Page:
Broadband networks generally perform well until they exceed 85% network capacity. Beyond this point all traffic, regardless of source, can be negatively impacted. Broadband service providers are forced to make investments to accommodate the traffic on these networks, with no contribution to capital or operational investments from outside sources.
USTelecom identified that subscriptions to video streaming services have increased by 60% over a four-year period. The 2018 report also found that rising consumer demand for data-heavy content streams—like high-definition video—continued to grow by 20% year over year.
Three years and a global pandemic later, those numbers continue to grow. Jimmy Todd is the CEO and General Manager at Nex-Tech, a broadband and technology company. Todd joined the Fiber Broadband Association’s Fiber for Breakfast series to discuss and share insights on how video streaming impacts broadband networks.
Todd said Nex-Tech identified streaming stats within its own local network that spans across rural, central Kansas. Nex-Tech found that big streamers traffic (including Netflix, Prime Video, and Hulu) is growing at 30% annually across its rural network alone. And that streaming makes up for 75% of the network traffic.
The increased streaming traffic is no surprise as people are spending more and more time at home, but as Todd explained, the concern is that increased streaming will require higher speeds—which puts a strain on rural broadband providers who are already facing higher costs.
Nex-Tech is a fiber-based company covering roughly 10,000 square miles, Todd said. Looking at total capacity for one month, most Nex-Tech customers in 2015 were consuming up to 10 Mbps. Five years later, consumption jumped to between 50 Mbps and 1 Gigabit speeds and those relying on less than 10 Mbps had nearly vanished. When considering data usage, Todd said it was a similar story.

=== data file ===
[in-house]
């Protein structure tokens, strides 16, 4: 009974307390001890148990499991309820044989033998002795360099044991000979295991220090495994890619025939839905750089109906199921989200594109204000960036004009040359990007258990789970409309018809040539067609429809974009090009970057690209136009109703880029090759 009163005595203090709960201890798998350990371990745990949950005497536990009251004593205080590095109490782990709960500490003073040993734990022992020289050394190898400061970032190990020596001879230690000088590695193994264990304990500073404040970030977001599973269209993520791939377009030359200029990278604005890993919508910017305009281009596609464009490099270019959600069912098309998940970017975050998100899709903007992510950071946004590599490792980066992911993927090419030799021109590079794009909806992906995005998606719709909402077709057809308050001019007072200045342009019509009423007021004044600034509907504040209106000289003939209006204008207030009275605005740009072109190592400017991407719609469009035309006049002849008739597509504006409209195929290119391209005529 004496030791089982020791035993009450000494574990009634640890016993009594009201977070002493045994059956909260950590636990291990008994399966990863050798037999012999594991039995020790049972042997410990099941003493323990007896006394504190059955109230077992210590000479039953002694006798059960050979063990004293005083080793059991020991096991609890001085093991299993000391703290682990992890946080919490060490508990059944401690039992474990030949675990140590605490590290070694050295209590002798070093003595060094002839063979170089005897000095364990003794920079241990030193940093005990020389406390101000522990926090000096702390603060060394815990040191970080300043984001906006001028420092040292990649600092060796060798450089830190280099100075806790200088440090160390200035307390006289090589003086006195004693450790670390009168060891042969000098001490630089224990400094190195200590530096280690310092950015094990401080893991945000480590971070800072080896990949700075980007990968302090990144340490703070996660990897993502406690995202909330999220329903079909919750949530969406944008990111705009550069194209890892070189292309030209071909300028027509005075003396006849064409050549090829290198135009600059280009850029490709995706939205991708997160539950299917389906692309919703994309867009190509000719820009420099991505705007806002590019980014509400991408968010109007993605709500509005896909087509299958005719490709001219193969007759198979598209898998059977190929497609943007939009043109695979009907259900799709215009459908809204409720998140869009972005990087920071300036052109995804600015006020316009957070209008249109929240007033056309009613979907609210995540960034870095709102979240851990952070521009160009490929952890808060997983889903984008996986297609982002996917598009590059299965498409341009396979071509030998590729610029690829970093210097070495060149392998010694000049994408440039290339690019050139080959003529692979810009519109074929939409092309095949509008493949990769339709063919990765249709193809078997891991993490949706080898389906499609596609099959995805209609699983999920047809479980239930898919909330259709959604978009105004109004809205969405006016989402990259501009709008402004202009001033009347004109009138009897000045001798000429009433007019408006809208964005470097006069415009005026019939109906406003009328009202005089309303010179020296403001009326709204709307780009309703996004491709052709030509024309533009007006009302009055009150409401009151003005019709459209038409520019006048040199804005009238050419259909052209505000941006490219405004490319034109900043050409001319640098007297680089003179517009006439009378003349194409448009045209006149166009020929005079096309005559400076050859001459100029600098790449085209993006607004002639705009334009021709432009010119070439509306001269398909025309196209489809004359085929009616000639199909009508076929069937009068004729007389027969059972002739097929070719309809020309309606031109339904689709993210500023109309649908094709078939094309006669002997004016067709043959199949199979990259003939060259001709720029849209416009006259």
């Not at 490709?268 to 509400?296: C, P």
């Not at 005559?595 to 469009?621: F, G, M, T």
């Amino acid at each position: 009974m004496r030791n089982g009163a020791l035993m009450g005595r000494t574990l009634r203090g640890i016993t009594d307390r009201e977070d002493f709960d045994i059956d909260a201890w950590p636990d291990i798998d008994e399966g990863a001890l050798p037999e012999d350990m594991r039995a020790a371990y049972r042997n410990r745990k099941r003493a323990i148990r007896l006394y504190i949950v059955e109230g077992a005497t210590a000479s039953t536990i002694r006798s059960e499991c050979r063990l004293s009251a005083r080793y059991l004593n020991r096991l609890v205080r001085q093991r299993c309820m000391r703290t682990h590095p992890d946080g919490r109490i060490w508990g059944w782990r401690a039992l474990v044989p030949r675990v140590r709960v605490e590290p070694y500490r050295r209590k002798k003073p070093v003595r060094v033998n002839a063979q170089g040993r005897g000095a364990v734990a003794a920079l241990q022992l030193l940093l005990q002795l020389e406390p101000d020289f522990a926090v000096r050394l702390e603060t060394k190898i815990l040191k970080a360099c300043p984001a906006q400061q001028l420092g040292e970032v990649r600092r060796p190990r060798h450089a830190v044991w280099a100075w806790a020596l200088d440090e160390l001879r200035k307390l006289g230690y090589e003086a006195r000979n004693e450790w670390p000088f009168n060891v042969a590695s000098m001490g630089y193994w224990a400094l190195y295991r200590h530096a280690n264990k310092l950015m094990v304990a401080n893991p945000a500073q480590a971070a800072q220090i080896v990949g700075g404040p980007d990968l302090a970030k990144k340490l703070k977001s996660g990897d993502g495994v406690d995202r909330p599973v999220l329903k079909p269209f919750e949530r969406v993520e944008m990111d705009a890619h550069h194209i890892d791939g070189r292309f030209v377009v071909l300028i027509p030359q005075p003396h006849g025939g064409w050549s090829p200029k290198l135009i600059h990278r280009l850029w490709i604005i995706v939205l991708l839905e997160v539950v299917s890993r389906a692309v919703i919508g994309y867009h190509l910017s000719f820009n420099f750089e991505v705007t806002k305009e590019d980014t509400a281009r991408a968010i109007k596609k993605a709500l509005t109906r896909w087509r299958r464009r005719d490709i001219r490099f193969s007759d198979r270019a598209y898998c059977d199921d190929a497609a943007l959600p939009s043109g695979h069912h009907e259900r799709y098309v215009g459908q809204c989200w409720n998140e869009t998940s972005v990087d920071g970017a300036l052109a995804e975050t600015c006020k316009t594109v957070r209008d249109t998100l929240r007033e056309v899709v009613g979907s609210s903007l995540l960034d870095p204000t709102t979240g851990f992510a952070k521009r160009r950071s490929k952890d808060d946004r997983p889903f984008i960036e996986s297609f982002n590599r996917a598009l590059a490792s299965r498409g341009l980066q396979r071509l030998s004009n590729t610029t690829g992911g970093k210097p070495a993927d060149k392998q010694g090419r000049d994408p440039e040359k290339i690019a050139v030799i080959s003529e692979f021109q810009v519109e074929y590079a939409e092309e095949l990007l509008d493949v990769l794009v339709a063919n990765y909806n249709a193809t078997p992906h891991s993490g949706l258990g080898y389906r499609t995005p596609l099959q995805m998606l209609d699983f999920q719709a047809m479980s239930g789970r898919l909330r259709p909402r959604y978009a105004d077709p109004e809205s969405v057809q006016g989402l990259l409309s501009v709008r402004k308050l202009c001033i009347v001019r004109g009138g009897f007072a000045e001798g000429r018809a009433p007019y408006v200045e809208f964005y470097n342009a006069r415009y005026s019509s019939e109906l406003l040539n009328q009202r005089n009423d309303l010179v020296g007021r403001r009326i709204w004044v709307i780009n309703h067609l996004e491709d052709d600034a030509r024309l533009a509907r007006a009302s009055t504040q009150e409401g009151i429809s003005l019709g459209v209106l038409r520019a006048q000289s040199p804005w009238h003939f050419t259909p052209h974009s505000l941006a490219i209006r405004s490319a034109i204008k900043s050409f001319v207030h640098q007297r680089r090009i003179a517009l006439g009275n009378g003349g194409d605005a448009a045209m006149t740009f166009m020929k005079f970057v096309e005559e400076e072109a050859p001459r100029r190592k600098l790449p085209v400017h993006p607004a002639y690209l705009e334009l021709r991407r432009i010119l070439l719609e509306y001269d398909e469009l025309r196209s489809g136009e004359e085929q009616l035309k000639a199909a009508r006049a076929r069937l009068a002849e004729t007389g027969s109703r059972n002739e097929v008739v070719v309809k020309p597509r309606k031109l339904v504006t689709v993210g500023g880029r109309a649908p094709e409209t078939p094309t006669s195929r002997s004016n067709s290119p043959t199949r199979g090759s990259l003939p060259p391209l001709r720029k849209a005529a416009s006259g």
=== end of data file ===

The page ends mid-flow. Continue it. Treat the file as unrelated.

“Looking back to December 2016, we had about 4 petabytes of data going across the network,” Todd recalled. “Fast forward to December 2020 and that’s grown to nearly 14 petabytes.”
And when looking at peak network usage, the number from 2016 has since tripled to 77 gigabits in December 2020.
“When we were looking at projections on our network in 2016, we realized our 10Gig core network was obviously going to need to increase. We started a 3-year multi-million-dollar project in 2017 to transform the network from 10G to 100G,” Todd explained. “Here we are one year after finishing that project and we’re already anticipating that our next round of upgrades are only a few years away.”
Todd said a major driving force of the demand for network expansion is a direct result of the continuously increasing use of streaming services.
“For every investment we make to increase capacity on our networks, the streaming providers are using more and more of that capacity,” Todd said. “Considering revenues for streaming services that use our networks, we’ve determined that for every dollar earned for streaming companies, we were investing 49 cents to provide an adequate network.”
In more urban areas, you have more subscribers per mile, giving you a bigger bang for your buck when it comes to network expansion. In rural areas, you can have a little as one subscriber per square mile, Todd explained, “So the cost per customer is extremely high.”
“When you're looking at service providers, who have a finite amount of capital, they have to continue to reach customers while also staying ahead of the demand that will continue to be placed on the network,” he said.
It’s not an attack on streaming providers, Todd said. “They simply saw an area to grow their business at zero cost.”
Todd said he hopes these concerns by rural providers will be recognized on the federal level this year. Specifically, Todd pointed to HR 1650, which was introduced recently and requires an FCC study on network traffic in high-cost rural areas. Todd said he also hopes for 2020’s HR 2929 (the Rural Broadband Network Advancement Act) to be reintroduced to this Congress.